Geology in fast motion for the Dead Sea coast - salt deposition, river subsidence, and the creation of coastal ridges and bays
Nadav Lenski (Geological Institute), Liran Ben Moshe (Geological Institute), Ado Sirota (Helmholtz-Zentrum Potsdam), Hagi Eyal (Hebrew University), Yehuda Anzel (Hebrew University), Ran Nof (Geological Institute)
Walking from Route 90 along the southern bank of Nahal Hever to the mouth of the river to the lake; From there, walk north to the shore of the lake until close to the mouth of Nahal Ergot, from there back to road 90 to the branch of Kibbutz Ein Gedi. The length of the route - more than 7 km (from walking distance).
Limited to 40 participants.
During the tour we will experience geology together at high speed - "the present as a key to the past". We will present fundamental observations on the following topics:
The reaction of the streams to the decrease of the drift base and implications for the planning and maintenance of the infrastructures.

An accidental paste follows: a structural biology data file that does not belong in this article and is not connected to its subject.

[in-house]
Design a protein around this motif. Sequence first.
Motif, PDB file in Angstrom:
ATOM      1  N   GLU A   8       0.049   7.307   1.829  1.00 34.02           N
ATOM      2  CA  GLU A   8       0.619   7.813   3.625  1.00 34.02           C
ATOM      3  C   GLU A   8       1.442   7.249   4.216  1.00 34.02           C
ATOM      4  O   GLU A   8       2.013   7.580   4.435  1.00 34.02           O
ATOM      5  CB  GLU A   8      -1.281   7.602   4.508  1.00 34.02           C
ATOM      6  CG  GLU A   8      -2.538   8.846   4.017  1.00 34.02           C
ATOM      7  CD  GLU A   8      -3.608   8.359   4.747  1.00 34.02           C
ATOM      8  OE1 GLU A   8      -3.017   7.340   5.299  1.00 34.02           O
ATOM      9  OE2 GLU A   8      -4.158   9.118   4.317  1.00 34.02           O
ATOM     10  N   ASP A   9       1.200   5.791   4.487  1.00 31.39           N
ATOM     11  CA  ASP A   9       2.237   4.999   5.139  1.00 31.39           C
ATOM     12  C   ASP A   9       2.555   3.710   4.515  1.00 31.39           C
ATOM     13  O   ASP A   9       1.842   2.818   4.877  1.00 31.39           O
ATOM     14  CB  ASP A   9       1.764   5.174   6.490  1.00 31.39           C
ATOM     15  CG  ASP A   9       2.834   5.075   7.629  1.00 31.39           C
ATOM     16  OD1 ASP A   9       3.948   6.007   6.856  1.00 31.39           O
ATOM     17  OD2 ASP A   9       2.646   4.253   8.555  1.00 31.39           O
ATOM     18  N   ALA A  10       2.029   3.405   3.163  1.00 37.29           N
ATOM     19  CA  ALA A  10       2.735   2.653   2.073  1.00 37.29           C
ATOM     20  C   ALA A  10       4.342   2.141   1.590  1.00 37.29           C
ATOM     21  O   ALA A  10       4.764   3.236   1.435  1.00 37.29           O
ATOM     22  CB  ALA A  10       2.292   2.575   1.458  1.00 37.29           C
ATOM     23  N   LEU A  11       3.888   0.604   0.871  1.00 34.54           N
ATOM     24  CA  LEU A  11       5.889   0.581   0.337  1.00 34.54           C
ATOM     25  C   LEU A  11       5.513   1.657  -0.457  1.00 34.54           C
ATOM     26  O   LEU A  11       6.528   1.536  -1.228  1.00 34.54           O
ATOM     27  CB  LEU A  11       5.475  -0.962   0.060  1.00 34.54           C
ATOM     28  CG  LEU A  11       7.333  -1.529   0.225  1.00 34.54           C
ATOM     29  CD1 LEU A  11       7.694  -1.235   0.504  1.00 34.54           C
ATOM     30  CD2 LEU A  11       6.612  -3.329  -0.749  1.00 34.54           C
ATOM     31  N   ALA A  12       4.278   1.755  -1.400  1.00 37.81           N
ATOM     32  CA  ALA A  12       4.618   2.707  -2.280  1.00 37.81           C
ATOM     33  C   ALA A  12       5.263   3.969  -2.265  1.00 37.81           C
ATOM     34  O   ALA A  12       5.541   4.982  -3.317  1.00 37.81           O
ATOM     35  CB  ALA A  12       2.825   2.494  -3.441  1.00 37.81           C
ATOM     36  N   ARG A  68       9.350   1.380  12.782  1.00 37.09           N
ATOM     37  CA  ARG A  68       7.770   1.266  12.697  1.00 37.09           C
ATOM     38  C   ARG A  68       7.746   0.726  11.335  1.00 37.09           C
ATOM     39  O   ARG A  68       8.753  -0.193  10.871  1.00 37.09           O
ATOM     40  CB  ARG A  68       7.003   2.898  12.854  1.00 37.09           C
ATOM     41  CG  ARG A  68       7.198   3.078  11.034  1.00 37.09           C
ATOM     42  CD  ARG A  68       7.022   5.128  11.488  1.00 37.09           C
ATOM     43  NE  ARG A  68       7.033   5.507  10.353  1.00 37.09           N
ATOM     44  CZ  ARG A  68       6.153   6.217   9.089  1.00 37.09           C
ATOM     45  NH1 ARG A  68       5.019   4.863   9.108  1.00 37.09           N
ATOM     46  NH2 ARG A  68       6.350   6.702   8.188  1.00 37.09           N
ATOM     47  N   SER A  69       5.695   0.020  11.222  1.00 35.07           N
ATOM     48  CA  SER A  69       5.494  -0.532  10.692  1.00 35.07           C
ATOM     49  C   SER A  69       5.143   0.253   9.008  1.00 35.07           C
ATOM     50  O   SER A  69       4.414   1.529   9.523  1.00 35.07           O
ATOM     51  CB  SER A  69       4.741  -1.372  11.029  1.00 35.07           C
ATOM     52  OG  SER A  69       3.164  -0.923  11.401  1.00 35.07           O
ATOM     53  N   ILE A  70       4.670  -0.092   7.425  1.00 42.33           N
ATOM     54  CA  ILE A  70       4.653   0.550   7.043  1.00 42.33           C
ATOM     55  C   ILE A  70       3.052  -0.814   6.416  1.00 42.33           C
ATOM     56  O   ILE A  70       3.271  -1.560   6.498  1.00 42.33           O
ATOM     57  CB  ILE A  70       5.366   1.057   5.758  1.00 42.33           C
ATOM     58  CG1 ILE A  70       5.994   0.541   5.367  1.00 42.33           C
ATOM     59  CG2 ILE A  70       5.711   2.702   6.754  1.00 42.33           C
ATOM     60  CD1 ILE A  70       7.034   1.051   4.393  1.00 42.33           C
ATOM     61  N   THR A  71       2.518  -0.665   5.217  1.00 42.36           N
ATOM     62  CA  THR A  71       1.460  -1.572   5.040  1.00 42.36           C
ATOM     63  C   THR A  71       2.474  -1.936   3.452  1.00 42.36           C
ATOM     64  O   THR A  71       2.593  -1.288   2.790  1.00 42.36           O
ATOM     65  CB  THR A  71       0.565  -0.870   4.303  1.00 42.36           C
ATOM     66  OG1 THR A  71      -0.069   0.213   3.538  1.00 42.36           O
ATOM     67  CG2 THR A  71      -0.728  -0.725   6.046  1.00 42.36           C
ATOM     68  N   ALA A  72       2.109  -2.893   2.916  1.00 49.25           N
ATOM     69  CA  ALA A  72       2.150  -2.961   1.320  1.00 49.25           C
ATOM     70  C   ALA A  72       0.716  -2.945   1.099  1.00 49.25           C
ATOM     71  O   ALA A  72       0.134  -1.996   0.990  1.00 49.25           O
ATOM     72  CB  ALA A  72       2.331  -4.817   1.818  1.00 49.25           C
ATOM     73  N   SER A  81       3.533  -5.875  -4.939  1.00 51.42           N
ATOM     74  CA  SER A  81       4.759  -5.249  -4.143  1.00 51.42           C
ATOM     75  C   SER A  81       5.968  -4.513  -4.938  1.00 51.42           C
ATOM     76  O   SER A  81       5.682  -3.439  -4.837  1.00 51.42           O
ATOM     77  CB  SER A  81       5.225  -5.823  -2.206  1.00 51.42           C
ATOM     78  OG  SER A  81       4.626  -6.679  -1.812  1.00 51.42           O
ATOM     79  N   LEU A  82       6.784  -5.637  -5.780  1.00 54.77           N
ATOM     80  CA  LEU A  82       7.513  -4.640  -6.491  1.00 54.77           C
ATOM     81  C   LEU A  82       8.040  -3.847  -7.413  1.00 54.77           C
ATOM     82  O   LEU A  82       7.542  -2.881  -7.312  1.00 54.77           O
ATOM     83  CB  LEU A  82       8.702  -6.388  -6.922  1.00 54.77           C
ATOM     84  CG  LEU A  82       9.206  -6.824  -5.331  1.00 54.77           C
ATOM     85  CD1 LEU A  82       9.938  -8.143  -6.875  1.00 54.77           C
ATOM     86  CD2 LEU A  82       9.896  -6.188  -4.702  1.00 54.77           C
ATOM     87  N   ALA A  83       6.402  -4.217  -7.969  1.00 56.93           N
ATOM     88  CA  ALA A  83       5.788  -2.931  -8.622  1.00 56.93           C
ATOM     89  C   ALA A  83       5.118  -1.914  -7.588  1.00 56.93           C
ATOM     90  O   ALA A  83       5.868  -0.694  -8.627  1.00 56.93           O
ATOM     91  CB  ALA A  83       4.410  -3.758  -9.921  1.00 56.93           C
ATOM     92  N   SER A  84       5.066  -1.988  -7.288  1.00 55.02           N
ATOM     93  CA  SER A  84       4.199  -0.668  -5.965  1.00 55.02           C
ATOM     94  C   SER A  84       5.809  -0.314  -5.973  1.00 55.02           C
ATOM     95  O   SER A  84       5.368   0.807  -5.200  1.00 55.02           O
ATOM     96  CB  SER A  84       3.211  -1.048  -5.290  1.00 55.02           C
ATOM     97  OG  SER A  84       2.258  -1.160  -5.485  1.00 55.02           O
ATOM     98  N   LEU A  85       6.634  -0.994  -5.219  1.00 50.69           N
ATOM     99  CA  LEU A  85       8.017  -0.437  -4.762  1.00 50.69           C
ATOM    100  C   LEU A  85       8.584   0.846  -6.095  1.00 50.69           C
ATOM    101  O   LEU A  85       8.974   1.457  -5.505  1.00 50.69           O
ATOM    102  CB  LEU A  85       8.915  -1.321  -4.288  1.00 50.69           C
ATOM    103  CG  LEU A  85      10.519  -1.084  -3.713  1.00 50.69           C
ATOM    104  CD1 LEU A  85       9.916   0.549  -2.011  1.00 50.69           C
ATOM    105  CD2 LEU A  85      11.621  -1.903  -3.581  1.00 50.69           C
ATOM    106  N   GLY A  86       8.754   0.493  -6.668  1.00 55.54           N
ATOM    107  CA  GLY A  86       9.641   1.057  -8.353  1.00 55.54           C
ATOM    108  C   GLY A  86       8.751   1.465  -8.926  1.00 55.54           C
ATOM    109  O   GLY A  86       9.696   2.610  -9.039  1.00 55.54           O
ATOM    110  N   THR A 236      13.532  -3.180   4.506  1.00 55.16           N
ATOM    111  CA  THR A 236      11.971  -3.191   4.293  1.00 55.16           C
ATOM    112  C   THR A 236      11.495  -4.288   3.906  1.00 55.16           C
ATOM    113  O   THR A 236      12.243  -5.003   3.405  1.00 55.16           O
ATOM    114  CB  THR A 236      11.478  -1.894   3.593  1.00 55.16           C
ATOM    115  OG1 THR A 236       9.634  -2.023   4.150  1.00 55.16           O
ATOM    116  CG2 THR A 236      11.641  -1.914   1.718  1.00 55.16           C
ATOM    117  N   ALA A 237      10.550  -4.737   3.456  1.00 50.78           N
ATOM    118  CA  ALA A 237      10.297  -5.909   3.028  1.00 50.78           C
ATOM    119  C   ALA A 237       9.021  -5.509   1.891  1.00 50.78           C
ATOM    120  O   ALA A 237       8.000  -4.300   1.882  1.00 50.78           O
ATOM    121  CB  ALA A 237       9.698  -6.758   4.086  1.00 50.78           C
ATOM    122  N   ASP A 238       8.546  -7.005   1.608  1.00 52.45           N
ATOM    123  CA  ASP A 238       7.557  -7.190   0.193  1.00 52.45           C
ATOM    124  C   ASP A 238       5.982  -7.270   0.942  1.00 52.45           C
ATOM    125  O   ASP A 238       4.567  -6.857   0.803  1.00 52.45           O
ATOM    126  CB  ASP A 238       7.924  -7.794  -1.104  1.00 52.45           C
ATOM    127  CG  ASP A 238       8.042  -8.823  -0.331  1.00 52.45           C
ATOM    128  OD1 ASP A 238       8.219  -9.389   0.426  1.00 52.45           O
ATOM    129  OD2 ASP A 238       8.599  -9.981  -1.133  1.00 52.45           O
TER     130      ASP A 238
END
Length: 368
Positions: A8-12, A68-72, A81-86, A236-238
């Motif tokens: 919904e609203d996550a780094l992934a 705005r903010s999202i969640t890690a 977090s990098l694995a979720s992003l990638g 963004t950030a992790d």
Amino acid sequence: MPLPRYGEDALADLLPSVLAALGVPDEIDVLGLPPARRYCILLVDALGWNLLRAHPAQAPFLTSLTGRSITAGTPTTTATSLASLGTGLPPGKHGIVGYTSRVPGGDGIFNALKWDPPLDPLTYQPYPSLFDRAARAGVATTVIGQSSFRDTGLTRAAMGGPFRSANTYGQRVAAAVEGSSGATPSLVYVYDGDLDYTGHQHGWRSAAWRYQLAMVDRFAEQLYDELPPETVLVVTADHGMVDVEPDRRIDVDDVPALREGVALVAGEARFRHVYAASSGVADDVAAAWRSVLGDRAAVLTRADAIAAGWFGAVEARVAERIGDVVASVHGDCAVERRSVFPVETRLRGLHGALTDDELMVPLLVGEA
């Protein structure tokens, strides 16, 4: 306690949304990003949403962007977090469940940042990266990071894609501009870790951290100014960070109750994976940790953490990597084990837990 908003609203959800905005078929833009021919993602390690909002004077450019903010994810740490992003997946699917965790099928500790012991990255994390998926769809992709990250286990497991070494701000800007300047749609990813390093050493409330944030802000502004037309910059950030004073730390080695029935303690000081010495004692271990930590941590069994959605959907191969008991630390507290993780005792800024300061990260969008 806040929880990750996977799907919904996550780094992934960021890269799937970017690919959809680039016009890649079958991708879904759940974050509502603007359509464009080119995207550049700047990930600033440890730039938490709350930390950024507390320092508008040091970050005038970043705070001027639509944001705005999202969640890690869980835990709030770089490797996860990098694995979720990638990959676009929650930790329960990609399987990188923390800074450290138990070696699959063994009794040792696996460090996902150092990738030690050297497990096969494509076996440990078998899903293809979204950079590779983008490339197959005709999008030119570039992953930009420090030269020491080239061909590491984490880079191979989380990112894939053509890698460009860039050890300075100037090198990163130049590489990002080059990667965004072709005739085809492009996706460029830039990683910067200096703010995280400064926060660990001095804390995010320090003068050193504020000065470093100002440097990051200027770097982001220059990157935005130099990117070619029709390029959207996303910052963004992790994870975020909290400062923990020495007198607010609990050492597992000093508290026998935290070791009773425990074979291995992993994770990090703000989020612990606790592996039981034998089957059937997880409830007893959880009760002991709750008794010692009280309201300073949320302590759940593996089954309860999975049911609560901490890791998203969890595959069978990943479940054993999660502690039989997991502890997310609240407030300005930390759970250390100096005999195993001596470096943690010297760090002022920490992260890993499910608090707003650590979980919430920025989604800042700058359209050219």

From evaporation to evaporites: Sedimentology and stratigraphy of sections of the salt that sank in the last four decades, including the relationship to the environmental forces.
The dynamic shorelines of the Dead Sea: transport and sorting of pebbles, beach steps, and bay development.
The warning system against sinkholes - what you see from there you don't see from here.
The accessibility of the shores of the Dead Sea - how to turn the nuisance of the region's instability into a resource.
Highway 90 south of Hami Ein Gedi to the Dead Sea coast
Along the coast of the Dead Sea to the Ein Gedi junction
Note: For the well-wishers